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Assessment of work-related stress and burnout among clinical research occupations

Burnout syndrome is included by the World Health Organization (WHO) in the International Classification of Diseases, and it has a direct impact on the health of workers and also on the performance of companies. In this work, we propose a comprehensive methodology for evaluating work stress and burnout in various occupations within a healthcare organization.

Methods: The work stress questionnaire and the Maslach Burnout Inventory were administered to employees of 7 different occupations within a company. The effect of the stressors is established using Cohen’s d test, as well as the relationship between the main stressors, burnout and occupation.

Results: The results of the study indicated that medical service personnel had the highest levels of stress and burnout syndrome, but significant stress levels and burnout scores were also identified among finance, clinical operations, and marketing professionals.

Conclusions: Stress and burnout can vary by department, team, or individual in a company. Based on the study, it was concluded that a single approach to assessing stress and burnout may not provide a complete understanding, in fact, a better alternative is to assess each occupation specifically.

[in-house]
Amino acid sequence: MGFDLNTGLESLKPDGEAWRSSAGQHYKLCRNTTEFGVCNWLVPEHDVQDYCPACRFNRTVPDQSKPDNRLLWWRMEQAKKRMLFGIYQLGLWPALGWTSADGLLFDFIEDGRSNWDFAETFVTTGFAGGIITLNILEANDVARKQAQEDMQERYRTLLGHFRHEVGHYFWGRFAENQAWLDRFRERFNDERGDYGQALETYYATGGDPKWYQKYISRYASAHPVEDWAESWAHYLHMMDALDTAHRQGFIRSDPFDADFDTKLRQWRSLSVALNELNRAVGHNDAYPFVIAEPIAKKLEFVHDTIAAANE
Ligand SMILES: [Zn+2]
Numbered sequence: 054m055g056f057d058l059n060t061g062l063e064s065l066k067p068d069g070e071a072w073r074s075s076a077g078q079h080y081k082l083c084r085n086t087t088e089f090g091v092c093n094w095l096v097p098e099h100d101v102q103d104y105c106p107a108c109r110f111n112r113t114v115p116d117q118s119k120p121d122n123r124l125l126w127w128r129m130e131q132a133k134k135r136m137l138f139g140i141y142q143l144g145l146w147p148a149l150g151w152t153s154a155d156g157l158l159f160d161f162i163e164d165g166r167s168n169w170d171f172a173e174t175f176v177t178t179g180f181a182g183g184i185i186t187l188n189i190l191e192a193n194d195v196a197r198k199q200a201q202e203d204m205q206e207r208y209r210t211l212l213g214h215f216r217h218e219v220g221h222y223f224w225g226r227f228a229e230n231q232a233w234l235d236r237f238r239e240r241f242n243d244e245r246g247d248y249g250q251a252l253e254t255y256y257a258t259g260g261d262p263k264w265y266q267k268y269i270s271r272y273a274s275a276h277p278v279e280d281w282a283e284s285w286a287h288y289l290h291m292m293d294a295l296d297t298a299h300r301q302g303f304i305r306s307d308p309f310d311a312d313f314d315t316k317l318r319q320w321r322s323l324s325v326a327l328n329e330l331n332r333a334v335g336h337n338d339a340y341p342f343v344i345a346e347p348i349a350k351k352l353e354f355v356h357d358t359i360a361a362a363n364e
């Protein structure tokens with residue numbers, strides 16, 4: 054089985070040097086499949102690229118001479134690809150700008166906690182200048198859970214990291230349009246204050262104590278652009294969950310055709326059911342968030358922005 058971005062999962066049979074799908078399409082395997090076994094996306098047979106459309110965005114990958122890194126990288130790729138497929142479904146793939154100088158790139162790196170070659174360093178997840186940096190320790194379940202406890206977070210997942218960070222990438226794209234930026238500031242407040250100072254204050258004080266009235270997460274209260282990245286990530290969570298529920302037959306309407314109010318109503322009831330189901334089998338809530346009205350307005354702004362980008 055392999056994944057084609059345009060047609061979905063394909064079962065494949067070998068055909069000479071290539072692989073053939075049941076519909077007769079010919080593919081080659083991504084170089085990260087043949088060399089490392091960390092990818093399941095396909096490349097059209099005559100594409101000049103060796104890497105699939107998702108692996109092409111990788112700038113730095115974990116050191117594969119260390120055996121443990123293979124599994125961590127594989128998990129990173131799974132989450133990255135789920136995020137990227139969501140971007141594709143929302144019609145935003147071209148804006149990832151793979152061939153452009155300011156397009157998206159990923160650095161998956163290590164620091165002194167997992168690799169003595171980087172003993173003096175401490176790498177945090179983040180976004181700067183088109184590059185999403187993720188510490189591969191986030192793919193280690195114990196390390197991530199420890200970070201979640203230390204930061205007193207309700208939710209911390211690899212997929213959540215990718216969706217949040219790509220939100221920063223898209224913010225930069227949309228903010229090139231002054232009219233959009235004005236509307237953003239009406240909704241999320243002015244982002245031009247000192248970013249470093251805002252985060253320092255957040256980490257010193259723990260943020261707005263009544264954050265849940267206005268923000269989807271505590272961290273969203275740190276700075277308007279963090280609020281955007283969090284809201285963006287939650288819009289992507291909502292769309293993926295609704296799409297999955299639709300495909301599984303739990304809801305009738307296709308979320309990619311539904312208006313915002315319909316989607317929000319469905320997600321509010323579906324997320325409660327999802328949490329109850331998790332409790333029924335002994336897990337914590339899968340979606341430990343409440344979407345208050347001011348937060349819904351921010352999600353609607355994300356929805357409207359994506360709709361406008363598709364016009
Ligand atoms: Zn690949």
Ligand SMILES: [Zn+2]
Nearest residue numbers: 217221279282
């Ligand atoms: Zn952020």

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Corresponding author: Claudia Mejía Morales

Competing interests: No competing interests were disclosed.

Grant information: The author(s) declared that no grants were involved in supporting this work.

Copyright: © 2023 Flores Luna R et al. This is an open access article distributed under the terms of the Creative Commons Attribution License, which permits unrestricted use, distribution, and reproduction in any medium, provided the original work is properly cited.

How to cite: Flores Luna R, De la Rocha C, Cid López MA et al. Assessment of work-related stress and burnout among clinical research occupations [version 1; peer review: awaiting peer review]. F1000Research 2023, 12:456 (https://doi.org/10.12688/f1000research.132363.1)
First published: 02 May 2023, 12:456 (https://doi.org/10.12688/f1000research.132363.1)
Latest published: 02 May 2023, 12:456 (https://doi.org/10.12688/f1000research.132363.1)